Object Description

Of globular form, the body with a continious band of four petals flowers heads among scrolling foliage above another of precious pearls, the shoulder with pointed petals beneath a short straight neck.
This porcelain comes from the Hoi An shipwreck, sank in the late 15th-early 16th century. Fishermen discovered the wreck in the early 90s, in the open seas off Cu Lao Cham Island, known as the most capricious waters in Vietnam. The government soon realised the importance of the cargo and got involved, ordering underwater excavations (1997-1999). Indeed, more than 150,000 objects were found. Produced in the middle 15th century, these ceramics comes from the Hai Duong province (North Vietnam), which is know to be the biggest production center of ceramics and porcelain of medieval Vietnam. At that time, the Ming dynasty in China decreed a ban on maritime exports to Southeast Asia and other countries, leaving the opportunity for Vietnam to foster its ceramics and porcelain production.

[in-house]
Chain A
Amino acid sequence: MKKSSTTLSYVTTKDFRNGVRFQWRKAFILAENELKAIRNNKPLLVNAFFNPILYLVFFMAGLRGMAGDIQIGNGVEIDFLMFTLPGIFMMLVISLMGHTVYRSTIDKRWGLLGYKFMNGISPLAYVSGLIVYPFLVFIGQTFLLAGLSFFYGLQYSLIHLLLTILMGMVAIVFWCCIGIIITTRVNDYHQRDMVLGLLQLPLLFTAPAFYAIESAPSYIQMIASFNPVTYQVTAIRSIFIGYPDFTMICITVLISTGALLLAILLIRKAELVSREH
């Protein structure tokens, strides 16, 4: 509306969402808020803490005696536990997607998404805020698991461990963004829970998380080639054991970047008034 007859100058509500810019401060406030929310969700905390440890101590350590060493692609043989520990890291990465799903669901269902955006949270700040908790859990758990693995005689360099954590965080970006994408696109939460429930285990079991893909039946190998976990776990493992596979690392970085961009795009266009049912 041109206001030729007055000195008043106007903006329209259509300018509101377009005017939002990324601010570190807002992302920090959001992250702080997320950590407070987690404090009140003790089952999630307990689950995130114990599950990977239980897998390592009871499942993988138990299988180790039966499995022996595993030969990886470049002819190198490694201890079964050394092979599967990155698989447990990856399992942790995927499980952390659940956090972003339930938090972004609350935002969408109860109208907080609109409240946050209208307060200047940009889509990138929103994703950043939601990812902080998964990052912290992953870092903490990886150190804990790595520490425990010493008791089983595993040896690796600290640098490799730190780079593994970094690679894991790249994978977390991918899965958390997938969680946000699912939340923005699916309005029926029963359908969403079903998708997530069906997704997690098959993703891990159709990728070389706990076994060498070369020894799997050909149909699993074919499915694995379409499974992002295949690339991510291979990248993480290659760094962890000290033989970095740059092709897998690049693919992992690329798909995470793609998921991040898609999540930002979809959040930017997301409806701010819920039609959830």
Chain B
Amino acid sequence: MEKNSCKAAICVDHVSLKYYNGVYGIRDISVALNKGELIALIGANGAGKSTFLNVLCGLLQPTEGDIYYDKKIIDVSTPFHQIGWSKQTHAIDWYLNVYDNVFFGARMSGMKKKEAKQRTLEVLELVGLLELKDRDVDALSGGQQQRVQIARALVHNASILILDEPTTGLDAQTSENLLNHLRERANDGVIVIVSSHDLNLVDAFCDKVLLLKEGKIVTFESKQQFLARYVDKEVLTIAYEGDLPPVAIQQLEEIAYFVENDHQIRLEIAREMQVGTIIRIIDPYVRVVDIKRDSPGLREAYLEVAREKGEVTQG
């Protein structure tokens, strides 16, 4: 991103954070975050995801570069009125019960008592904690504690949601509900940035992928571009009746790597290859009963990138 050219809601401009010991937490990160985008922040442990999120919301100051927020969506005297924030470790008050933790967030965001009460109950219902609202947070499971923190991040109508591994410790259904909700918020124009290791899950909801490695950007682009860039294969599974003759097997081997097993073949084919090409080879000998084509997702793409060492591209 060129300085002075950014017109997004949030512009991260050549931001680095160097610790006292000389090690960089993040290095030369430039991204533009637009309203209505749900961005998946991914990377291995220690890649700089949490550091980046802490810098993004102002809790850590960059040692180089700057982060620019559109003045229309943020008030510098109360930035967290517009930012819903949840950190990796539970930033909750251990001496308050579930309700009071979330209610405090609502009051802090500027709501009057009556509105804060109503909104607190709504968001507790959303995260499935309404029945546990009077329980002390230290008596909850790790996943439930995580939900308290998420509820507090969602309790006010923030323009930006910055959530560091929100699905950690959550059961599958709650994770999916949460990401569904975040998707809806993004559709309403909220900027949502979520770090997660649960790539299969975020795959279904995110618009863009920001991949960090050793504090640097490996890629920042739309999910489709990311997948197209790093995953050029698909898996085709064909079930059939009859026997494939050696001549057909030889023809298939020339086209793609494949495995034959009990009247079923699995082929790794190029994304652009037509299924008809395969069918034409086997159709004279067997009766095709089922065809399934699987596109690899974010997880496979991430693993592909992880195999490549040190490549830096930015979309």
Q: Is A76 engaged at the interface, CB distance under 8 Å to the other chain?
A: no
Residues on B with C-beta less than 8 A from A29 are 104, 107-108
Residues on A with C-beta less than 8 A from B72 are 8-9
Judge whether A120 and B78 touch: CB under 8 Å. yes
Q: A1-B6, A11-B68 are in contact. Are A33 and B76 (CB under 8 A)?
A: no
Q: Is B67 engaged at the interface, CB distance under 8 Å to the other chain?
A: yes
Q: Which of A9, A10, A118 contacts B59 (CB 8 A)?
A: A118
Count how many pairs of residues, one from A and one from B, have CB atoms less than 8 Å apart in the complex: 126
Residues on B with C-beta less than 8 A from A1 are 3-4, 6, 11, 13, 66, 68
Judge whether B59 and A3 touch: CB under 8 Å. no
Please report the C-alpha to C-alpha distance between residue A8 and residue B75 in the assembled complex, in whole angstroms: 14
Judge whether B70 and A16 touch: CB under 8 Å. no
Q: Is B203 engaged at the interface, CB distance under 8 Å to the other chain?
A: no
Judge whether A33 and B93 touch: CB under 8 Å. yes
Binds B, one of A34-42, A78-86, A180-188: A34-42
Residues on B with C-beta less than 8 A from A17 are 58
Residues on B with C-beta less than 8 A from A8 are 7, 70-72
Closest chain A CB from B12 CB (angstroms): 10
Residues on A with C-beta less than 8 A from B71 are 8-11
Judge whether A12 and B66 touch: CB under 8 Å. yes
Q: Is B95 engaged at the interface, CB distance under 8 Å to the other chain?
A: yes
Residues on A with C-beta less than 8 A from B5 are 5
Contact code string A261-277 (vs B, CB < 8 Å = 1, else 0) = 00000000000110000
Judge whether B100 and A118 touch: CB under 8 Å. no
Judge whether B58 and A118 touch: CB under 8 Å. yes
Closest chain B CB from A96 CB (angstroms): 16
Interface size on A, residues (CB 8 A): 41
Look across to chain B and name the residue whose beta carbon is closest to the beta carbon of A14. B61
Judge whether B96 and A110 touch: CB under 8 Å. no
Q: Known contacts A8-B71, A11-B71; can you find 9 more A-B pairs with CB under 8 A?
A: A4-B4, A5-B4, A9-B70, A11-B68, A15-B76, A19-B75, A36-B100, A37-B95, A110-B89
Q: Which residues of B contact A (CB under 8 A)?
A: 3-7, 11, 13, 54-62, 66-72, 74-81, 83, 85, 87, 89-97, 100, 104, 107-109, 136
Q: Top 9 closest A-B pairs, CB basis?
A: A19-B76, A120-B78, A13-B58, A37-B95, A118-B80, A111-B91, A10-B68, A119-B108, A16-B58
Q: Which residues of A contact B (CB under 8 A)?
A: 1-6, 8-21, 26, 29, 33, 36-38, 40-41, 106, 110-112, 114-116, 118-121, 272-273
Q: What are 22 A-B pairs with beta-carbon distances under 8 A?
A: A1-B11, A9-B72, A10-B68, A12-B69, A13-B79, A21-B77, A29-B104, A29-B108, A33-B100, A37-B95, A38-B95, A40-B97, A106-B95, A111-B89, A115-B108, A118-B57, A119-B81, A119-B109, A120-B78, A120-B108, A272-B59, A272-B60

Object History

Ceramics from the Hoi An Hoard is nowadays known to be the most precious and complete representation of Vietnamese artisanship in glazed ceramics.

Object Literature

Butterfields, Treasures From The Hoi An Hoard – Important Vietnamese Ceramics from a Late 15th / Early 16th Century Cargo, Volumes 1 & 2, lot 1869.

Object Classification

  • material
  • dimensions
    W:8 x H:8 centimeters
  • year
    Late 15th-Early 16th Century

Dealer Opening Times

By appointment only.

Dealer Contact

Telephone
+44 (0)208 364 4565
Web
Email

Dealer Location

The Gallery
Trent Park Equestrian Centre
Eastpole Farm House, Bramley Road
Oakwood, N14 4UW, United Kingdom



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